Craig Ferguson 'appalled' by the Boston Marathon explosion; 'I'm not a good enough comedian to hide all that'
Hey everybody, good evening. Tonight's show is a little bit different. Obviously, the news of today is so horrendous that it would seem insensitive at best to say 'It's a great day for America,' so I won't be starting the show with that tonight.
Is anyone else sick of this s***? I seem to have to say that too often. People say to me 'Craig, your job is to make people laugh at the end of the day.' And I think, yes, that's true, but I've never professed to be any damn good at that. And, the thing is, people want their mind taken off it. And I think, well OK, if you want your mind taken off it, you know, watch a cartoon or a video or something. I understand it, it's perfectly acceptable. I don't think it's a terrible thing to not want to think about it, but I can't not think about it.
Also, I have a personal connection with the city of Boston. I have some history there. I have family there. When I became an American citizen in 2008, I spoke at Faneuil Hall on July 4, at the invitation of Tommy Menino who is the mayor of Boston, and one of the more colorful characters in American politics ... I've been there for the Fourth of July many times and every cop in Boston looks like I'm his brother. My first stand-up special in America, I shot it in Boston. I like that town. I'm appalled by this thing and when I watch it on these streets that I know, it's horrifying.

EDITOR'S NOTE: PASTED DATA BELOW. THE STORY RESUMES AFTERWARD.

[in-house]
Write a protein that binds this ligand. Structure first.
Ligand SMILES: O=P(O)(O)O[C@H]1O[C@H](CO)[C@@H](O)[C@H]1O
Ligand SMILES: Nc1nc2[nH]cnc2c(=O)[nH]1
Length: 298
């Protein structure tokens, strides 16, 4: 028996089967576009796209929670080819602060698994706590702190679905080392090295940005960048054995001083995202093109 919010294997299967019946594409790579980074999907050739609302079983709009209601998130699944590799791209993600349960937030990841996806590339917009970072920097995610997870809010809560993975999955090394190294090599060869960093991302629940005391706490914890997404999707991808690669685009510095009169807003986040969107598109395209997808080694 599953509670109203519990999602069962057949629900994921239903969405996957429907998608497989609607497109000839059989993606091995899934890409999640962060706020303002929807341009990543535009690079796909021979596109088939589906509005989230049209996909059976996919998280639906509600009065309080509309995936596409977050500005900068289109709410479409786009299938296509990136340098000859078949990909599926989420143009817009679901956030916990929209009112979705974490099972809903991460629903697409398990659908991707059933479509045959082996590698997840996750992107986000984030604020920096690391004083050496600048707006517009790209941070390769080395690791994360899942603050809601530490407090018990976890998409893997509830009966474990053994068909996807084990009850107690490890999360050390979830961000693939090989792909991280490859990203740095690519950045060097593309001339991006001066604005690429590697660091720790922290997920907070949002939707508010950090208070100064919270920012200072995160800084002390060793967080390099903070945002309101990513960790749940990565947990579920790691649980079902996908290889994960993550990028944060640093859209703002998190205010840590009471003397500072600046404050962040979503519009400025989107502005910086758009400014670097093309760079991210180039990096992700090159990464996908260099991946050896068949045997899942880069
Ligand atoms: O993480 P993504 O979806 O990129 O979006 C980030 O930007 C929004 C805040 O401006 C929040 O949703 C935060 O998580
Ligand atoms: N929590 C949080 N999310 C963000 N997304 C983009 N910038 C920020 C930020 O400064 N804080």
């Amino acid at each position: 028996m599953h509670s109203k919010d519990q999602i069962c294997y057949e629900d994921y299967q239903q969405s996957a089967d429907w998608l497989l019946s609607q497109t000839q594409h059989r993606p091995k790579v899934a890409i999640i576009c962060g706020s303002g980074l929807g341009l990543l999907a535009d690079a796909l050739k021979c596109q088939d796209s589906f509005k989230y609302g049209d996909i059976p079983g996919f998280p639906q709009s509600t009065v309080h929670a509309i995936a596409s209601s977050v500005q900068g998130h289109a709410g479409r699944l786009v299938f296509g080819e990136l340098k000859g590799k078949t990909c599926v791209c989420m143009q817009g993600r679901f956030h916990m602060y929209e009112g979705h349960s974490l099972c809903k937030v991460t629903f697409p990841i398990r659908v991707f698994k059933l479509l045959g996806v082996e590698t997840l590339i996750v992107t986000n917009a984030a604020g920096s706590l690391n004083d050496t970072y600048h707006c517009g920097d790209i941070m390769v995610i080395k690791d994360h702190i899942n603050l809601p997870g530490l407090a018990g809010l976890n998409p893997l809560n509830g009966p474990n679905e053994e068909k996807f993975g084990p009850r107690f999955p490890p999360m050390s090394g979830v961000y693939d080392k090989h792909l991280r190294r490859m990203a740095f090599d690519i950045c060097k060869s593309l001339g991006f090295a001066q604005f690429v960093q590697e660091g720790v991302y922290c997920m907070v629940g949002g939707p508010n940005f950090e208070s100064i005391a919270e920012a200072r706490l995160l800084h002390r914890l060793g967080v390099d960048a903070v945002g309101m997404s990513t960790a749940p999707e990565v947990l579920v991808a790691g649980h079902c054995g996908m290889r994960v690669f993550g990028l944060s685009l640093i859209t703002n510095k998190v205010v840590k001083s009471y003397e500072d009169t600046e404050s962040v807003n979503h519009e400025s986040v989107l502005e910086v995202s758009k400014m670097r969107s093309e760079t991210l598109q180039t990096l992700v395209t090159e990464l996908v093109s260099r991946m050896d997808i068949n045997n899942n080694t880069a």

If I have all this inside of me, if I have all this rage and anger and distress and upset inside of me, I'm not a good enough comedian to hide all that from you.
Ellen DeGeneres also taped a message for the city of Boston, and comedian Patton Oswalt posted a wonderful message on Facebook in the wake of the tragedy.